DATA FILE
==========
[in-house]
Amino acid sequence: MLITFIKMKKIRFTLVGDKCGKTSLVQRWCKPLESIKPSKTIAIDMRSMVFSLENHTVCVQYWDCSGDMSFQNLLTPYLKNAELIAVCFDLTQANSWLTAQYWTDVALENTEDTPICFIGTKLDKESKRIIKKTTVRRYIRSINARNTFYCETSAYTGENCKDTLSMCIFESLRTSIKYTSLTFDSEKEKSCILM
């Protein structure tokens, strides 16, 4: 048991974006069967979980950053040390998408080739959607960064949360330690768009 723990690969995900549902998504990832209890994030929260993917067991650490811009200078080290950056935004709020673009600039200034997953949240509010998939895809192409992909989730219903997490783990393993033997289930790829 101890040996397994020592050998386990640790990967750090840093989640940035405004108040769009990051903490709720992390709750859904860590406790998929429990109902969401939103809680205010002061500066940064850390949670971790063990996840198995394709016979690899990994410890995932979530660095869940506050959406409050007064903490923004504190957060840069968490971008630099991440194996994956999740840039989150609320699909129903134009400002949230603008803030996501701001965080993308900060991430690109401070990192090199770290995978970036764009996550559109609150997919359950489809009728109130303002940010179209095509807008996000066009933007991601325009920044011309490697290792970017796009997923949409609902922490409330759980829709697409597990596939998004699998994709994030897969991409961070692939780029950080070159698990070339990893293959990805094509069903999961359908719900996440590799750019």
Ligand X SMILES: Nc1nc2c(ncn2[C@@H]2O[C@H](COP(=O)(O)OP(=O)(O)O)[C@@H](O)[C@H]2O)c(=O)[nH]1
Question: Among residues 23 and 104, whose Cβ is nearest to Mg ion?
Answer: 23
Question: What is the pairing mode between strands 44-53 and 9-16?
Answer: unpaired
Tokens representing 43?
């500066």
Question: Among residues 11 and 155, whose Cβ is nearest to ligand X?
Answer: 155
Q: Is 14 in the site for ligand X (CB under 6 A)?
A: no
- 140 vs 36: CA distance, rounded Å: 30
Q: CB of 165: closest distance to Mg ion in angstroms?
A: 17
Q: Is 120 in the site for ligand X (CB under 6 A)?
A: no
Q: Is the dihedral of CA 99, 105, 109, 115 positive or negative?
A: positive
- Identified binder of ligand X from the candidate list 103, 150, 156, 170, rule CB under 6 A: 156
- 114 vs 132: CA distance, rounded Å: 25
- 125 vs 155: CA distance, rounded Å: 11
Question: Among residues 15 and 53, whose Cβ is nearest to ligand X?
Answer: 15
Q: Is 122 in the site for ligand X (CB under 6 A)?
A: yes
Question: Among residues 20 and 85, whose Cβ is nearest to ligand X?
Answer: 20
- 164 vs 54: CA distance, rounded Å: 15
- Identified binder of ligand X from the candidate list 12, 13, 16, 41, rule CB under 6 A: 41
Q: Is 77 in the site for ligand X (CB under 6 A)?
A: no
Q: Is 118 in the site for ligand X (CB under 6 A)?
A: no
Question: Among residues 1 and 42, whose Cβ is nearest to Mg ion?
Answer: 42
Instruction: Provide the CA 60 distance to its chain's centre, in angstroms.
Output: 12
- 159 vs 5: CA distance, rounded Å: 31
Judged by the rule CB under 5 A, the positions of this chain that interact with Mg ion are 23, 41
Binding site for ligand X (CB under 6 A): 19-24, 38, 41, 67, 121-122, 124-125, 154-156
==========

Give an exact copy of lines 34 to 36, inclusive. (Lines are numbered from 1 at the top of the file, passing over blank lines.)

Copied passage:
A: no
Q: Is 118 in the site for ligand X (CB under 6 A)?
A: no